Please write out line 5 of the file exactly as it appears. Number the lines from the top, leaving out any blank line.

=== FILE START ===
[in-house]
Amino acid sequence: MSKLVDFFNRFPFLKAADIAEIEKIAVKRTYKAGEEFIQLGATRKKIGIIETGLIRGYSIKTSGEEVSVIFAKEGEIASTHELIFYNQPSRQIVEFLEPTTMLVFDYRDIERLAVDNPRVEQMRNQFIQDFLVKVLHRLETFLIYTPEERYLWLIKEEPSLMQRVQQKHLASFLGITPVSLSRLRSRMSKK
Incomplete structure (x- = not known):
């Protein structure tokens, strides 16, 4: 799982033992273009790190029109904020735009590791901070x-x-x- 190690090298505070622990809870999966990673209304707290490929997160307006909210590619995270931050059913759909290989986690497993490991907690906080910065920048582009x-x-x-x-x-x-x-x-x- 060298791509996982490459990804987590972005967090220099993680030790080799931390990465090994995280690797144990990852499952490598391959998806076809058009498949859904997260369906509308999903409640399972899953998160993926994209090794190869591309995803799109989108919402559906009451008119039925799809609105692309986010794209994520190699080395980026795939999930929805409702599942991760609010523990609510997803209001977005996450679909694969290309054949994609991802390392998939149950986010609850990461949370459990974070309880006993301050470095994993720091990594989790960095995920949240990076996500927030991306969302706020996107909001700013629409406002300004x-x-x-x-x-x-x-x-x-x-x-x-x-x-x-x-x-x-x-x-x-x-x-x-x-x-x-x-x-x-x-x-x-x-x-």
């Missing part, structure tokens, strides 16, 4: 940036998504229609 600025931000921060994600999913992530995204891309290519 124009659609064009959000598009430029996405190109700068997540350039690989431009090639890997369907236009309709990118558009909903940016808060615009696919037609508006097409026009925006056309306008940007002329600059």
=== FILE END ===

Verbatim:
């Missing part, structure tokens, strides 16, 4: 940036998504229609 600025931000921060994600999913992530995204891309290519 124009659609064009959000598009430029996405190109700068997540350039690989431009090639890997369907236009309709990118558009909903940016808060615009696919037609508006097409026009925006056309306008940007002329600059």